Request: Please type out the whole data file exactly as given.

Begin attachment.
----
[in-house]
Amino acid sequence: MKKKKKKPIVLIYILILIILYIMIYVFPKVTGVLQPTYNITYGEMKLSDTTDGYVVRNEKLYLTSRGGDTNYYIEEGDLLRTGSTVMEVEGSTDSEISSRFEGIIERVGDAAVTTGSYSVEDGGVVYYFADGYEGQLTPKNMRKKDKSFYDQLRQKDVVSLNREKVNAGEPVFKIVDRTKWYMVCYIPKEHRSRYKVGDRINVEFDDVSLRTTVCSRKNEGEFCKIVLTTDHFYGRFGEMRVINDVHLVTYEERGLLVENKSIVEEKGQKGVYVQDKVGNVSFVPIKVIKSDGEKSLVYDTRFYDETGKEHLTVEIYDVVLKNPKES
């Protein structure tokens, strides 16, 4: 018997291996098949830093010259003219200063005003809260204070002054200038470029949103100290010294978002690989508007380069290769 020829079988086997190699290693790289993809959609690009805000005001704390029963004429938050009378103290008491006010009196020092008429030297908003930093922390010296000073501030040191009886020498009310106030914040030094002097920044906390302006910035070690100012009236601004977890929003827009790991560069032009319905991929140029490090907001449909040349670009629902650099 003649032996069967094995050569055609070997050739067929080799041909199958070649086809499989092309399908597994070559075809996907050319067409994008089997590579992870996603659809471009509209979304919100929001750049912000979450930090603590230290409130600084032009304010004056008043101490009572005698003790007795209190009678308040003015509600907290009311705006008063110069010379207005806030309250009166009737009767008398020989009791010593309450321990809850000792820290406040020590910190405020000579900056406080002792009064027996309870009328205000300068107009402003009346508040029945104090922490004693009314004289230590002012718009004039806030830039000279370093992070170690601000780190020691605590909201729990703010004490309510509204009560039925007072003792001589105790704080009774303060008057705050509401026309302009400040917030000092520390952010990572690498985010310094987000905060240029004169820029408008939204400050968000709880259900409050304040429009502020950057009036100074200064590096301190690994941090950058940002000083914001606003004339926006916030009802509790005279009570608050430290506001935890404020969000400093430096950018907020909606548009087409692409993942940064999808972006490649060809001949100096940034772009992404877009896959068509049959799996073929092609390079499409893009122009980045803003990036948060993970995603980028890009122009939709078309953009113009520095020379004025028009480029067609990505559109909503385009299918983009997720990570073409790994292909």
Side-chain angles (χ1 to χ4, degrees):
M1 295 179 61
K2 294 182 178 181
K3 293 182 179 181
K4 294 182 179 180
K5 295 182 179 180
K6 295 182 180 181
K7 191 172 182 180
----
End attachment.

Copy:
[in-house]
Amino acid sequence: MKKKKKKPIVLIYILILIILYIMIYVFPKVTGVLQPTYNITYGEMKLSDTTDGYVVRNEKLYLTSRGGDTNYYIEEGDLLRTGSTVMEVEGSTDSEISSRFEGIIERVGDAAVTTGSYSVEDGGVVYYFADGYEGQLTPKNMRKKDKSFYDQLRQKDVVSLNREKVNAGEPVFKIVDRTKWYMVCYIPKEHRSRYKVGDRINVEFDDVSLRTTVCSRKNEGEFCKIVLTTDHFYGRFGEMRVINDVHLVTYEERGLLVENKSIVEEKGQKGVYVQDKVGNVSFVPIKVIKSDGEKSLVYDTRFYDETGKEHLTVEIYDVVLKNPKES
């Protein structure tokens, strides 16, 4: 018997291996098949830093010259003219200063005003809260204070002054200038470029949103100290010294978002690989508007380069290769 020829079988086997190699290693790289993809959609690009805000005001704390029963004429938050009378103290008491006010009196020092008429030297908003930093922390010296000073501030040191009886020498009310106030914040030094002097920044906390302006910035070690100012009236601004977890929003827009790991560069032009319905991929140029490090907001449909040349670009629902650099 003649032996069967094995050569055609070997050739067929080799041909199958070649086809499989092309399908597994070559075809996907050319067409994008089997590579992870996603659809471009509209979304919100929001750049912000979450930090603590230290409130600084032009304010004056008043101490009572005698003790007795209190009678308040003015509600907290009311705006008063110069010379207005806030309250009166009737009767008398020989009791010593309450321990809850000792820290406040020590910190405020000579900056406080002792009064027996309870009328205000300068107009402003009346508040029945104090922490004693009314004289230590002012718009004039806030830039000279370093992070170690601000780190020691605590909201729990703010004490309510509204009560039925007072003792001589105790704080009774303060008057705050509401026309302009400040917030000092520390952010990572690498985010310094987000905060240029004169820029408008939204400050968000709880259900409050304040429009502020950057009036100074200064590096301190690994941090950058940002000083914001606003004339926006916030009802509790005279009570608050430290506001935890404020969000400093430096950018907020909606548009087409692409993942940064999808972006490649060809001949100096940034772009992404877009896959068509049959799996073929092609390079499409893009122009980045803003990036948060993970995603980028890009122009939709078309953009113009520095020379004025028009480029067609990505559109909503385009299918983009997720990570073409790994292909």
Side-chain angles (χ1 to χ4, degrees):
M1 295 179 61
K2 294 182 178 181
K3 293 182 179 181
K4 294 182 179 180
K5 295 182 179 180
K6 295 182 180 181
K7 191 172 182 180